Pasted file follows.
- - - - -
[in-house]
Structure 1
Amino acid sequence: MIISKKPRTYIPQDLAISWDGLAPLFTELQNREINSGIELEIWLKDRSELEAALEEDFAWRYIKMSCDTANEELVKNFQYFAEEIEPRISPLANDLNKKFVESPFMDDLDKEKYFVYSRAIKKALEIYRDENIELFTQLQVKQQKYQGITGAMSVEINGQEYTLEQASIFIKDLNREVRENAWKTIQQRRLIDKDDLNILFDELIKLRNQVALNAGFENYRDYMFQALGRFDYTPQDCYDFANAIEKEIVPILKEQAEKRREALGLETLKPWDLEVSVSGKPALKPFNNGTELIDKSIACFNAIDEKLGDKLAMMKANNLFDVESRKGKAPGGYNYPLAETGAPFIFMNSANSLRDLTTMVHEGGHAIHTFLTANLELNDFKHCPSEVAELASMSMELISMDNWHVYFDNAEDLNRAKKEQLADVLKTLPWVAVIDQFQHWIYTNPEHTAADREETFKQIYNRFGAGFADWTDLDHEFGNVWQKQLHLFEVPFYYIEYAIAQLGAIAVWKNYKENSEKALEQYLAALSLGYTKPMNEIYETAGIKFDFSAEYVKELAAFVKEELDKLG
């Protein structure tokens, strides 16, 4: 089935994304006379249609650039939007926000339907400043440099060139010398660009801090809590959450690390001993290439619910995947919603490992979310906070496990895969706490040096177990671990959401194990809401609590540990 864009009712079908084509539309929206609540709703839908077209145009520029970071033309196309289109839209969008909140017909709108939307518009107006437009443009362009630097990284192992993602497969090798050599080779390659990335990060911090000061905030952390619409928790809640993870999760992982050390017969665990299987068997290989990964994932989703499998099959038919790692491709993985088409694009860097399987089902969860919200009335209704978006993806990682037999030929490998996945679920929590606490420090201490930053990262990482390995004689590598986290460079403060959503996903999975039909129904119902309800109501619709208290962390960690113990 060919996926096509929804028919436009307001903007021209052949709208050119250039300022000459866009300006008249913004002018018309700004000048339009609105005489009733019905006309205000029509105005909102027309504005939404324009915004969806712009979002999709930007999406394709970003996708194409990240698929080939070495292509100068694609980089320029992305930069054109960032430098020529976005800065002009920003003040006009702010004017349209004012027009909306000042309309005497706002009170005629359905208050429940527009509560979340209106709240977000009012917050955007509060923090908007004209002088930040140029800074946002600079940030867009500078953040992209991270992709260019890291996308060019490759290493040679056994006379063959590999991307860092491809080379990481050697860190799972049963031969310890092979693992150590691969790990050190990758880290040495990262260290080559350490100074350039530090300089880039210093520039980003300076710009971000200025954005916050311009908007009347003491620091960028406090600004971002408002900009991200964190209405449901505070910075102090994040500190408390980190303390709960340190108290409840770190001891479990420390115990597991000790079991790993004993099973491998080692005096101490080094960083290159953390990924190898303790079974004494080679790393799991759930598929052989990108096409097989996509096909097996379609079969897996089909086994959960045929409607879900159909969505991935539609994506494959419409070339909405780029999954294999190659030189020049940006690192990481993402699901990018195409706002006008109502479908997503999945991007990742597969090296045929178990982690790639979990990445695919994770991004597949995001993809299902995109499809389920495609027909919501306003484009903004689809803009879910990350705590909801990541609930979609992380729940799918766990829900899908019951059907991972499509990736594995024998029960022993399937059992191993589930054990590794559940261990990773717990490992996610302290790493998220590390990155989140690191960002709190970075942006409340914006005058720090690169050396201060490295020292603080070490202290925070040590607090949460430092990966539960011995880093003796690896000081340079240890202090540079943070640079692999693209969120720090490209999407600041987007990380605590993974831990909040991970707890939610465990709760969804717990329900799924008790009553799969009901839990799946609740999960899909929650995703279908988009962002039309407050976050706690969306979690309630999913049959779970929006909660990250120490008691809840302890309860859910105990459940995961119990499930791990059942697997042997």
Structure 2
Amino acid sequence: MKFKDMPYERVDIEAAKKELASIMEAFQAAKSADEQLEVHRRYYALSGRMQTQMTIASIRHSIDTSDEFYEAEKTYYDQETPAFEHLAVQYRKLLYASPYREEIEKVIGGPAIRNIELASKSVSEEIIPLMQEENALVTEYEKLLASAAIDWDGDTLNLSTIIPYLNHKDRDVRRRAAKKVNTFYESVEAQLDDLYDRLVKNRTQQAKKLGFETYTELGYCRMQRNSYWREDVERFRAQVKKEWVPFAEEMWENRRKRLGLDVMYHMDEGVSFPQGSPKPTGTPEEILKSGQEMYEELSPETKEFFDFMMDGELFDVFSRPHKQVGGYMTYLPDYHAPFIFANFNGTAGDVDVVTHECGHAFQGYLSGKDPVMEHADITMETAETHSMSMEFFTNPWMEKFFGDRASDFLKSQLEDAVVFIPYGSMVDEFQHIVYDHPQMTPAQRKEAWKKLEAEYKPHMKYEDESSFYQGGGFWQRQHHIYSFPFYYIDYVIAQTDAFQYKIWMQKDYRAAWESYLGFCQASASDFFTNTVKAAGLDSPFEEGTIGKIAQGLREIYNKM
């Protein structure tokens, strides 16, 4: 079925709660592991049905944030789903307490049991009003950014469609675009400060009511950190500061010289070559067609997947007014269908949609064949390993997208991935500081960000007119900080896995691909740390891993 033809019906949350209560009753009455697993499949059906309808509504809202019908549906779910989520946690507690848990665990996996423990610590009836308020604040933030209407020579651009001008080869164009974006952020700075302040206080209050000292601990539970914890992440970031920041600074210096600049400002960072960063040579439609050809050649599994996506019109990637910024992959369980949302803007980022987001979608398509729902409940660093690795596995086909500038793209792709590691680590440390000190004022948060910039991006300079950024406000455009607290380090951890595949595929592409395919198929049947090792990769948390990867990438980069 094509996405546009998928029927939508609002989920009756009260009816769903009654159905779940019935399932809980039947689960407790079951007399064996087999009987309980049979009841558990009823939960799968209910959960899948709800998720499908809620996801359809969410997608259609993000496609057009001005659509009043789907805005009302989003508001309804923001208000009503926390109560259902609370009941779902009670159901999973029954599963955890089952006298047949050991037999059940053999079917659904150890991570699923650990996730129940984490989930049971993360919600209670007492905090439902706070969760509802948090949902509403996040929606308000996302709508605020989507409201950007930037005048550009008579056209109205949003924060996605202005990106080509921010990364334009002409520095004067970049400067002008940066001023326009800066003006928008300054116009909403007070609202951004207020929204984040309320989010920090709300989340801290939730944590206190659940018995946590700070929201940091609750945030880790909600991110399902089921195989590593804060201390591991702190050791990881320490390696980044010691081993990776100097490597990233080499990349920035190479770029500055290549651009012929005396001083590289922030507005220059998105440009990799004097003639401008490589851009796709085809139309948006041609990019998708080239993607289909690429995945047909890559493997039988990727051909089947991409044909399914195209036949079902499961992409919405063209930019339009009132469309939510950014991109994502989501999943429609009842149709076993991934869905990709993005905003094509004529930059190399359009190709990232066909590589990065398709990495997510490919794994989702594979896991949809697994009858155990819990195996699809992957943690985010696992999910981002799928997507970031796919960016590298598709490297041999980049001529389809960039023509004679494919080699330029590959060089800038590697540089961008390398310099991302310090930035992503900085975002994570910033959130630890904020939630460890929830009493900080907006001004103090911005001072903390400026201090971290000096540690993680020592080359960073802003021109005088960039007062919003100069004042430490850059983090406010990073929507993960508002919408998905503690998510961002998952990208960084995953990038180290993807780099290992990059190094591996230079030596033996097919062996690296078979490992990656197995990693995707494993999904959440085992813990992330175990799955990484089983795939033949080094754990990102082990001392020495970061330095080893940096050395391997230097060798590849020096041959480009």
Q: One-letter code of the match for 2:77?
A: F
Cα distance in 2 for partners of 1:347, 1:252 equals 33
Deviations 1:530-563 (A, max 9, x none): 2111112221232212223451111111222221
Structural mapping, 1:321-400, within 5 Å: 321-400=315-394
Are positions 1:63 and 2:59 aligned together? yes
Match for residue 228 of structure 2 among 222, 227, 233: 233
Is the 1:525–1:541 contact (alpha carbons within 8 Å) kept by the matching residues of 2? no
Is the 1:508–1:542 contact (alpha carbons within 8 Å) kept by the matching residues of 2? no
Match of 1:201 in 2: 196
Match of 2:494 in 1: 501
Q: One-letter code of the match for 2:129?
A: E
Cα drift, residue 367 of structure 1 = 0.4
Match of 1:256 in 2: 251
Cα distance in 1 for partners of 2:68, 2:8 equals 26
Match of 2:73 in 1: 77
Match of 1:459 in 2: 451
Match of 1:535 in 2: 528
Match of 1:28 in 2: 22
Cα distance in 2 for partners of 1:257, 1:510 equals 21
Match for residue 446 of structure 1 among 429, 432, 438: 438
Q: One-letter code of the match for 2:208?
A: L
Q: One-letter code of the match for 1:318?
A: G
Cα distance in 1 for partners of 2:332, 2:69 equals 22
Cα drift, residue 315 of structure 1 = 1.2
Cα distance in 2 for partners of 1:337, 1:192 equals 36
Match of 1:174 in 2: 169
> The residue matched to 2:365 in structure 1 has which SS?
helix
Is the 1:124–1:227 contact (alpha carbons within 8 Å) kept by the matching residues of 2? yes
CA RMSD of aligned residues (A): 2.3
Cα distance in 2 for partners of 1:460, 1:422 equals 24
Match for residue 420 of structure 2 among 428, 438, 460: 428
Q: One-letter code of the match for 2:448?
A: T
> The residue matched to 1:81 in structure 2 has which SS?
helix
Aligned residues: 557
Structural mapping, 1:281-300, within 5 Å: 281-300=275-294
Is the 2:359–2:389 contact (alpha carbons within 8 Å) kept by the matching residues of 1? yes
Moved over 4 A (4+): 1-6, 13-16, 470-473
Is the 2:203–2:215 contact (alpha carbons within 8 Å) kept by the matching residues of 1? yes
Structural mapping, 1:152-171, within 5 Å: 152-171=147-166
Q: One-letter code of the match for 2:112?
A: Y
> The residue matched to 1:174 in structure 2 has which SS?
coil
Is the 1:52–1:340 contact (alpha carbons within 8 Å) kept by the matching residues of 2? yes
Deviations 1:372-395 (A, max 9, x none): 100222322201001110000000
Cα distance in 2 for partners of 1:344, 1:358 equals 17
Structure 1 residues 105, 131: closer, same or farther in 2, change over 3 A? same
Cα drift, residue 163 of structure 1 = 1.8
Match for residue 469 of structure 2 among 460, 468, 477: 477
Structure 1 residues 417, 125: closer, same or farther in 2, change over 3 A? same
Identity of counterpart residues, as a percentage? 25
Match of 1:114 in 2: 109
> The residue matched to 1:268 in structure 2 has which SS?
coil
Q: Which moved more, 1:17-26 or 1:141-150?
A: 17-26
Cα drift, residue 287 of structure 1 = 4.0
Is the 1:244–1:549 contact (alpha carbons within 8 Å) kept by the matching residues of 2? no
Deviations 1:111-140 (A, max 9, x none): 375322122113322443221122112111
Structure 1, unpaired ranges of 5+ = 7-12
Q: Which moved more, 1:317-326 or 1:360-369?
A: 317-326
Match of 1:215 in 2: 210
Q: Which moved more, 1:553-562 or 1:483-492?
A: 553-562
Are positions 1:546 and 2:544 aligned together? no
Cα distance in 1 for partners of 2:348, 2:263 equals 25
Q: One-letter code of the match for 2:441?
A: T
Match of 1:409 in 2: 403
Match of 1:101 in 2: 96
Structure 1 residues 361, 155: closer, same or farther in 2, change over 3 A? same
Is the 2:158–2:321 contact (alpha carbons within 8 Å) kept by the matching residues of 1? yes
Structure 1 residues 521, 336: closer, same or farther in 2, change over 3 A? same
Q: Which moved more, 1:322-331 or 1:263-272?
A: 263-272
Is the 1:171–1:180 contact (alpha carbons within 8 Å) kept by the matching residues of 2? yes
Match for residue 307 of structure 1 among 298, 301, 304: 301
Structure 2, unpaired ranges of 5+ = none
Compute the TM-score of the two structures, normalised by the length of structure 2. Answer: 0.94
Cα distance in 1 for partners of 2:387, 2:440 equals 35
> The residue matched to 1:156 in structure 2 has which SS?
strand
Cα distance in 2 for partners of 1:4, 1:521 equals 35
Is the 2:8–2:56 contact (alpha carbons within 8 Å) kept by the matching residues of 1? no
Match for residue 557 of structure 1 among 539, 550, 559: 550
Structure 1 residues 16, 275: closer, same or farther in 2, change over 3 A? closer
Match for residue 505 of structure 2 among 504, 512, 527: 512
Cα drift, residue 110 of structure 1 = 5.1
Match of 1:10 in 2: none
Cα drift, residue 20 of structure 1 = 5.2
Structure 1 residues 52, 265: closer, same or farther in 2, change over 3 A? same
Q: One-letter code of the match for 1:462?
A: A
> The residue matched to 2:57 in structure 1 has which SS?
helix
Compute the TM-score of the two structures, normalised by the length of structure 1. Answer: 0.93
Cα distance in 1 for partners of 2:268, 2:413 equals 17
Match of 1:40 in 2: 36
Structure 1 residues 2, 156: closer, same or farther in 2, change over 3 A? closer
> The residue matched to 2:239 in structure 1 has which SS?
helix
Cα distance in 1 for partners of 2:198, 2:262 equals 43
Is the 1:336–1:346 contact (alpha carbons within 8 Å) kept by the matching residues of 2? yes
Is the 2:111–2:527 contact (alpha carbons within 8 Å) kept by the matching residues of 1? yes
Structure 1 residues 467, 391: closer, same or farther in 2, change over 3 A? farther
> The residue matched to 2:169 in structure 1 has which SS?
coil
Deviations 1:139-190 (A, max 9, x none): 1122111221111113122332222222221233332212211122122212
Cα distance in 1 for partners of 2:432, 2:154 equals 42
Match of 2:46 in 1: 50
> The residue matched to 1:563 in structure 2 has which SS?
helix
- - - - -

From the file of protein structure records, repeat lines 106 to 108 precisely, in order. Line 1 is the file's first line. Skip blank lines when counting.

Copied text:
Structure 1 residues 52, 265: closer, same or farther in 2, change over 3 A? same
Q: One-letter code of the match for 1:462?
A: A